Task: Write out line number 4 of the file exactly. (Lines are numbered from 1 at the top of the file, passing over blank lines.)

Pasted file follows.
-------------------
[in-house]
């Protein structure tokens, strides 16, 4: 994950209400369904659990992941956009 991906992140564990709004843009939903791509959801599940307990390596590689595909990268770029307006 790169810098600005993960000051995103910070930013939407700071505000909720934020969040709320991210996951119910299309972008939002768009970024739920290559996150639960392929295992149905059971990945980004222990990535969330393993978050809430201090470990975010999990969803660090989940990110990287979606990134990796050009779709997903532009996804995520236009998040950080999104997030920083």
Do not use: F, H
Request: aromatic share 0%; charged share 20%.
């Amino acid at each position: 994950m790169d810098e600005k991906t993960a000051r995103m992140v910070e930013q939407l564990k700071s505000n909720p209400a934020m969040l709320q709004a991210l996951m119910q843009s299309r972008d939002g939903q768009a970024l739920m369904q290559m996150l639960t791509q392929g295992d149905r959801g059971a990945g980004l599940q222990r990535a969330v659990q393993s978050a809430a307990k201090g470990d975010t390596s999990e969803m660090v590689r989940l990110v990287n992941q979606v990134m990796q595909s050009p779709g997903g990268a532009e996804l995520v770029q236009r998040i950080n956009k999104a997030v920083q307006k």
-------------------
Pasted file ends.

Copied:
Request: aromatic share 0%; charged share 20%.